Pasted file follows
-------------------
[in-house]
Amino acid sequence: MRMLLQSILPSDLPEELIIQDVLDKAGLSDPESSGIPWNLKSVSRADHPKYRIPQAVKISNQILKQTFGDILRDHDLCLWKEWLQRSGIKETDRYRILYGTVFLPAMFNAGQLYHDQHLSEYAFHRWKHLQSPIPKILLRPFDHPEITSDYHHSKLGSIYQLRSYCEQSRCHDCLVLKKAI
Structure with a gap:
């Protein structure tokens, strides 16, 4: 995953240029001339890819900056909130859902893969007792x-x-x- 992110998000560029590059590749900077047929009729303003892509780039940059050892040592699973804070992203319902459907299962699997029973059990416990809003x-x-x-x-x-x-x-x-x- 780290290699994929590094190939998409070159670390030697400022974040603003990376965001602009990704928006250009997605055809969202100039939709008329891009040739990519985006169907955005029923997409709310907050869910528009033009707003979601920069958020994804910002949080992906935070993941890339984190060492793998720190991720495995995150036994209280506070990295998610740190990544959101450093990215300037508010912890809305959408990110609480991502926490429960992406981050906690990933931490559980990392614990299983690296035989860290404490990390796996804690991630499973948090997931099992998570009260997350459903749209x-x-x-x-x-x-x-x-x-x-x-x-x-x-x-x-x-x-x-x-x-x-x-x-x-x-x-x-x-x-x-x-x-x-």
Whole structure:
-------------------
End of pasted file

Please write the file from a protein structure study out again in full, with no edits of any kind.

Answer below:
[in-house]
Amino acid sequence: MRMLLQSILPSDLPEELIIQDVLDKAGLSDPESSGIPWNLKSVSRADHPKYRIPQAVKISNQILKQTFGDILRDHDLCLWKEWLQRSGIKETDRYRILYGTVFLPAMFNAGQLYHDQHLSEYAFHRWKHLQSPIPKILLRPFDHPEITSDYHHSKLGSIYQLRSYCEQSRCHDCLVLKKAI
Structure with a gap:
């Protein structure tokens, strides 16, 4: 995953240029001339890819900056909130859902893969007792x-x-x- 992110998000560029590059590749900077047929009729303003892509780039940059050892040592699973804070992203319902459907299962699997029973059990416990809003x-x-x-x-x-x-x-x-x- 780290290699994929590094190939998409070159670390030697400022974040603003990376965001602009990704928006250009997605055809969202100039939709008329891009040739990519985006169907955005029923997409709310907050869910528009033009707003979601920069958020994804910002949080992906935070993941890339984190060492793998720190991720495995995150036994209280506070990295998610740190990544959101450093990215300037508010912890809305959408990110609480991502926490429960992406981050906690990933931490559980990392614990299983690296035989860290404490990390796996804690991630499973948090997931099992998570009260997350459903749209x-x-x-x-x-x-x-x-x-x-x-x-x-x-x-x-x-x-x-x-x-x-x-x-x-x-x-x-x-x-x-x-x-x-």
Whole structure: